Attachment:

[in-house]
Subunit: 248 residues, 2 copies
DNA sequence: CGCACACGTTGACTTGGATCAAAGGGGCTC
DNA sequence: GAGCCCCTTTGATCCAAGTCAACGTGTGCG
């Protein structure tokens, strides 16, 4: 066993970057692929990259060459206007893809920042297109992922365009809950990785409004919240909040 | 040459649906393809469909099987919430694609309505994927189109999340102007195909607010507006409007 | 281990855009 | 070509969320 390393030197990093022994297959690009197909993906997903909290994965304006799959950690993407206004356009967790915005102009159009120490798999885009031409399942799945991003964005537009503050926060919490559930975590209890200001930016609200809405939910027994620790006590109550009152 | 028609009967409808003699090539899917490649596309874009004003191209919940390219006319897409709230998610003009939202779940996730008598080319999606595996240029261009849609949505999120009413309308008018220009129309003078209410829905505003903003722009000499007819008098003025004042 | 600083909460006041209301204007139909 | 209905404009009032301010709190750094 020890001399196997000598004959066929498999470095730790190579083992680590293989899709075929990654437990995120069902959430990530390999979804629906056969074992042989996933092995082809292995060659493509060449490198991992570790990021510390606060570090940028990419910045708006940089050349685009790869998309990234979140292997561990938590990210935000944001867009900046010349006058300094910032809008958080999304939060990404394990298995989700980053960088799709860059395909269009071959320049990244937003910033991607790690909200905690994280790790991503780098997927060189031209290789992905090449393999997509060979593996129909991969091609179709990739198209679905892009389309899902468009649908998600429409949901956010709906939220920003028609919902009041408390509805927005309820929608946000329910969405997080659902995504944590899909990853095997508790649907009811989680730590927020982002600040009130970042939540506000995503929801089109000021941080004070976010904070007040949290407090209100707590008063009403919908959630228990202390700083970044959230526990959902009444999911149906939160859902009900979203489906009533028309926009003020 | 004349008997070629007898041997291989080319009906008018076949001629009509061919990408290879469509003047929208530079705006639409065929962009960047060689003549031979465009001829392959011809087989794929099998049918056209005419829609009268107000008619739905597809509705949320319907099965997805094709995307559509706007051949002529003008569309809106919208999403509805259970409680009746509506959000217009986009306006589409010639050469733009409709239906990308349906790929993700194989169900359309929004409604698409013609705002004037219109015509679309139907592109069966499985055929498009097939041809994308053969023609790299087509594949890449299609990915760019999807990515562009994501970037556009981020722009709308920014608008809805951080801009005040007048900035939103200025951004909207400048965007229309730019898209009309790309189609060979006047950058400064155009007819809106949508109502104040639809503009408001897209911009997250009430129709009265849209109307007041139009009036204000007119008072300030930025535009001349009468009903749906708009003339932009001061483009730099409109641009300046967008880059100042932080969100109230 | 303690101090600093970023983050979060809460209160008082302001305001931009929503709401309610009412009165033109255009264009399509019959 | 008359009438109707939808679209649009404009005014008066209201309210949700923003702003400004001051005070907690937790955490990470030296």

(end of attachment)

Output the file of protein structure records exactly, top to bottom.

[in-house]
Subunit: 248 residues, 2 copies
DNA sequence: CGCACACGTTGACTTGGATCAAAGGGGCTC
DNA sequence: GAGCCCCTTTGATCCAAGTCAACGTGTGCG
């Protein structure tokens, strides 16, 4: 066993970057692929990259060459206007893809920042297109992922365009809950990785409004919240909040 | 040459649906393809469909099987919430694609309505994927189109999340102007195909607010507006409007 | 281990855009 | 070509969320 390393030197990093022994297959690009197909993906997903909290994965304006799959950690993407206004356009967790915005102009159009120490798999885009031409399942799945991003964005537009503050926060919490559930975590209890200001930016609200809405939910027994620790006590109550009152 | 028609009967409808003699090539899917490649596309874009004003191209919940390219006319897409709230998610003009939202779940996730008598080319999606595996240029261009849609949505999120009413309308008018220009129309003078209410829905505003903003722009000499007819008098003025004042 | 600083909460006041209301204007139909 | 209905404009009032301010709190750094 020890001399196997000598004959066929498999470095730790190579083992680590293989899709075929990654437990995120069902959430990530390999979804629906056969074992042989996933092995082809292995060659493509060449490198991992570790990021510390606060570090940028990419910045708006940089050349685009790869998309990234979140292997561990938590990210935000944001867009900046010349006058300094910032809008958080999304939060990404394990298995989700980053960088799709860059395909269009071959320049990244937003910033991607790690909200905690994280790790991503780098997927060189031209290789992905090449393999997509060979593996129909991969091609179709990739198209679905892009389309899902468009649908998600429409949901956010709906939220920003028609919902009041408390509805927005309820929608946000329910969405997080659902995504944590899909990853095997508790649907009811989680730590927020982002600040009130970042939540506000995503929801089109000021941080004070976010904070007040949290407090209100707590008063009403919908959630228990202390700083970044959230526990959902009444999911149906939160859902009900979203489906009533028309926009003020 | 004349008997070629007898041997291989080319009906008018076949001629009509061919990408290879469509003047929208530079705006639409065929962009960047060689003549031979465009001829392959011809087989794929099998049918056209005419829609009268107000008619739905597809509705949320319907099965997805094709995307559509706007051949002529003008569309809106919208999403509805259970409680009746509506959000217009986009306006589409010639050469733009409709239906990308349906790929993700194989169900359309929004409604698409013609705002004037219109015509679309139907592109069966499985055929498009097939041809994308053969023609790299087509594949890449299609990915760019999807990515562009994501970037556009981020722009709308920014608008809805951080801009005040007048900035939103200025951004909207400048965007229309730019898209009309790309189609060979006047950058400064155009007819809106949508109502104040639809503009408001897209911009997250009430129709009265849209109307007041139009009036204000007119008072300030930025535009001349009468009903749906708009003339932009001061483009730099409109641009300046967008880059100042932080969100109230 | 303690101090600093970023983050979060809460209160008082302001305001931009929503709401309610009412009165033109255009264009399509019959 | 008359009438109707939808679209649009404009005014008066209201309210949700923003702003400004001051005070907690937790955490990470030296």